How to Proceed in 2017-18
Next up for Seniors: Post-Acceptance: Now What?
Why Workshops Work
Come June, it’s time for me to enjoy one of the highlights of my year: running my summer essay writing workshops for the next season of college applicants. Today, after a decade of teaching these workshops, my belief in the value of this experience is stronger than ever. Although the workshop is just 5 hours long, yet students complete many weeks’ worth of work and emerge from the immersion knowing themselves better. Here are the reasons that the workshop format is so powerful:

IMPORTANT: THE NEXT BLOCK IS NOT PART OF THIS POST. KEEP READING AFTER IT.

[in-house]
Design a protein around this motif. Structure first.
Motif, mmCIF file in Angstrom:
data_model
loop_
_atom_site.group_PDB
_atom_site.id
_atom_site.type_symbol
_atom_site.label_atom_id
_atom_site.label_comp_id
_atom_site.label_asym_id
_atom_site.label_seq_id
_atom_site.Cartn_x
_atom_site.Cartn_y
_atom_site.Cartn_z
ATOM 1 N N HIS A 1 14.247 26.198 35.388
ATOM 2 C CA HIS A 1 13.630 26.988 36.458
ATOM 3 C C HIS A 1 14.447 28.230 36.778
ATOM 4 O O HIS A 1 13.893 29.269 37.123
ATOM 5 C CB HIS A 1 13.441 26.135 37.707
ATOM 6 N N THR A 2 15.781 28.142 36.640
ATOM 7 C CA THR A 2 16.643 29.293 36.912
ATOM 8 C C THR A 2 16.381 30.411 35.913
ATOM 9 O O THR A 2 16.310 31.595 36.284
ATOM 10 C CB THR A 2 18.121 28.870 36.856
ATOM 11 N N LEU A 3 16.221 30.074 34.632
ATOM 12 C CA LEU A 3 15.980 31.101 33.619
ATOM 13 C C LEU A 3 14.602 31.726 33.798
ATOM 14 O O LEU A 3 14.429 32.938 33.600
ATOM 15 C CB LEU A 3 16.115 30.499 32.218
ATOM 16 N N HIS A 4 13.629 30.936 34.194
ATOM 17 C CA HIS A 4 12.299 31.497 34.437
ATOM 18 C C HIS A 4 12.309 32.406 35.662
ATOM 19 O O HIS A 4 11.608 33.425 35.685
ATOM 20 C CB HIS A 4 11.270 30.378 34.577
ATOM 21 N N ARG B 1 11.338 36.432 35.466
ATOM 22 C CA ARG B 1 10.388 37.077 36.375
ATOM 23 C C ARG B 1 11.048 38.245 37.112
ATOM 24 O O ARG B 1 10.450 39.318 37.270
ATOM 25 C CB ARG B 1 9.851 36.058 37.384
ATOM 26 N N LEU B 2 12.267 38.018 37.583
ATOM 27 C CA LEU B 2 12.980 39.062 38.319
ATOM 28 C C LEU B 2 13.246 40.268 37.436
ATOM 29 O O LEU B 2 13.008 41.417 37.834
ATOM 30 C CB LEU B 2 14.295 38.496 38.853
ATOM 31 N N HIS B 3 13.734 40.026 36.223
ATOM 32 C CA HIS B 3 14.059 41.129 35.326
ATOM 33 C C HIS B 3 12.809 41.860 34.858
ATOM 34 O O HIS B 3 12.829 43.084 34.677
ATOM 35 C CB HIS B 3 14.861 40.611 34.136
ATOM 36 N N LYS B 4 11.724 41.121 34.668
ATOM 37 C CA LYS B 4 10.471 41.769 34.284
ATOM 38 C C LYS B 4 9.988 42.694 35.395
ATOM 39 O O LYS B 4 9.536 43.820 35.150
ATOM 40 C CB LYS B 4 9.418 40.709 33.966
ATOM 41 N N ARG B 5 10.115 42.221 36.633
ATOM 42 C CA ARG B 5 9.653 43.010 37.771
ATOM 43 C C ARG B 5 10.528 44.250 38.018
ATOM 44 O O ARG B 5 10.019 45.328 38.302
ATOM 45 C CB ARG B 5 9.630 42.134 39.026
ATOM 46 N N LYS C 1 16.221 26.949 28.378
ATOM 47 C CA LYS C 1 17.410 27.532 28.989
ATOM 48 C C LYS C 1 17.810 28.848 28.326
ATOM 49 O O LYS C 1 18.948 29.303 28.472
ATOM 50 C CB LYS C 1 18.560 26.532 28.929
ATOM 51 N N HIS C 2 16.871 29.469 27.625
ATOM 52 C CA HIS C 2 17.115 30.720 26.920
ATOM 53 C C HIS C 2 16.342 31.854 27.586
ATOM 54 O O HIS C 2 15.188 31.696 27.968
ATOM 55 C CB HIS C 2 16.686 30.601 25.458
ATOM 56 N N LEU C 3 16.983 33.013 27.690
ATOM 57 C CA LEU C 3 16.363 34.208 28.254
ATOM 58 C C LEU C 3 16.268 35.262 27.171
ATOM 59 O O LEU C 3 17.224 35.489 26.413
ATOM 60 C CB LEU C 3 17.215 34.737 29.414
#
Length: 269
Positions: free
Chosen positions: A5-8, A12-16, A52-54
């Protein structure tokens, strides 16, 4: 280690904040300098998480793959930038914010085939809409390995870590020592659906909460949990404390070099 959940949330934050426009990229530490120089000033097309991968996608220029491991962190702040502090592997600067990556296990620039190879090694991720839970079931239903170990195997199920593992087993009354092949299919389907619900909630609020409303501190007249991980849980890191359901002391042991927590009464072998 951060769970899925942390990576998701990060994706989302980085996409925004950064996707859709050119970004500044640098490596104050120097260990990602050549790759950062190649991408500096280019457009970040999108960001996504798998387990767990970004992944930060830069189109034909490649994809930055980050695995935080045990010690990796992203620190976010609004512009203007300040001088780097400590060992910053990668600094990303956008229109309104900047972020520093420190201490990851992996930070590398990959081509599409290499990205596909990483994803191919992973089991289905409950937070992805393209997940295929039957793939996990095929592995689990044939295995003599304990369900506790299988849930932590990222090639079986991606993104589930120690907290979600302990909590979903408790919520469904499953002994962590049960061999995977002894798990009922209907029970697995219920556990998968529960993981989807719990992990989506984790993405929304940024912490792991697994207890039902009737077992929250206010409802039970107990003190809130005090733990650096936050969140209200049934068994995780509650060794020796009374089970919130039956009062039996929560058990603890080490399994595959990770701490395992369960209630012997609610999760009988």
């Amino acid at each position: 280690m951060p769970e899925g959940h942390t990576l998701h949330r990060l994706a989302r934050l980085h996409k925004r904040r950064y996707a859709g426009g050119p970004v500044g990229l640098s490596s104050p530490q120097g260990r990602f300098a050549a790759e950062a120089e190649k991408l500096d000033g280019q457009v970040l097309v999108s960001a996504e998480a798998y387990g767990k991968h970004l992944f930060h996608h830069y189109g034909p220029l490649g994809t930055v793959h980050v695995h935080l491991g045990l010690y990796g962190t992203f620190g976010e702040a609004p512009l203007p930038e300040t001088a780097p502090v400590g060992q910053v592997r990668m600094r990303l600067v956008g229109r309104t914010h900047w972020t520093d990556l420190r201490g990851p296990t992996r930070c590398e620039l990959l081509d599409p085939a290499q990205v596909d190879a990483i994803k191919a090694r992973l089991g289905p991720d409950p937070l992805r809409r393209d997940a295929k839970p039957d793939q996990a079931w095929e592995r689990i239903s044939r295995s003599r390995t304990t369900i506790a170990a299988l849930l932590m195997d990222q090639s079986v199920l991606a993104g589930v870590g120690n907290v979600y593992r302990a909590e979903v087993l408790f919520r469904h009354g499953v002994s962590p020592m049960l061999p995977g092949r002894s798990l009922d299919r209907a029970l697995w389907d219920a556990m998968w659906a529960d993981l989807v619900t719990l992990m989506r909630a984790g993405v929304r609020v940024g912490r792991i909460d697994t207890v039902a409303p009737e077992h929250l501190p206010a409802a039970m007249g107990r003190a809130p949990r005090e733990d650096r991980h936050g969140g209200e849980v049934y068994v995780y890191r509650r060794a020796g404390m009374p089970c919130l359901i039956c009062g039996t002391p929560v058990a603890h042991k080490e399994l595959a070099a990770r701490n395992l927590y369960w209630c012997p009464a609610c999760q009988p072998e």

If a workshop isn’t possible for you, then try creating these elements yourself.
1. Create a space and time away somewhere. Creating a space is likely the most important because it forces you to find a time when you can step away from your daily routine and behaviors and go think and write somewhere. The best way to do this is to make a date with yourself and put it on your calendar. Choose a space that you can get to without too much trouble. Cafes, libraries, bookstores, casual restaurants, and parks are all great places to write. If you really cannot leave home, then look for a place in your backyard or occupy an unfamiliar space in your home. Build a fort in your room and write there. Set a timer for two hours. Or, even better, set the timer for 4 hours. This will be your workshop time. Turn off all distractions and get ready to write.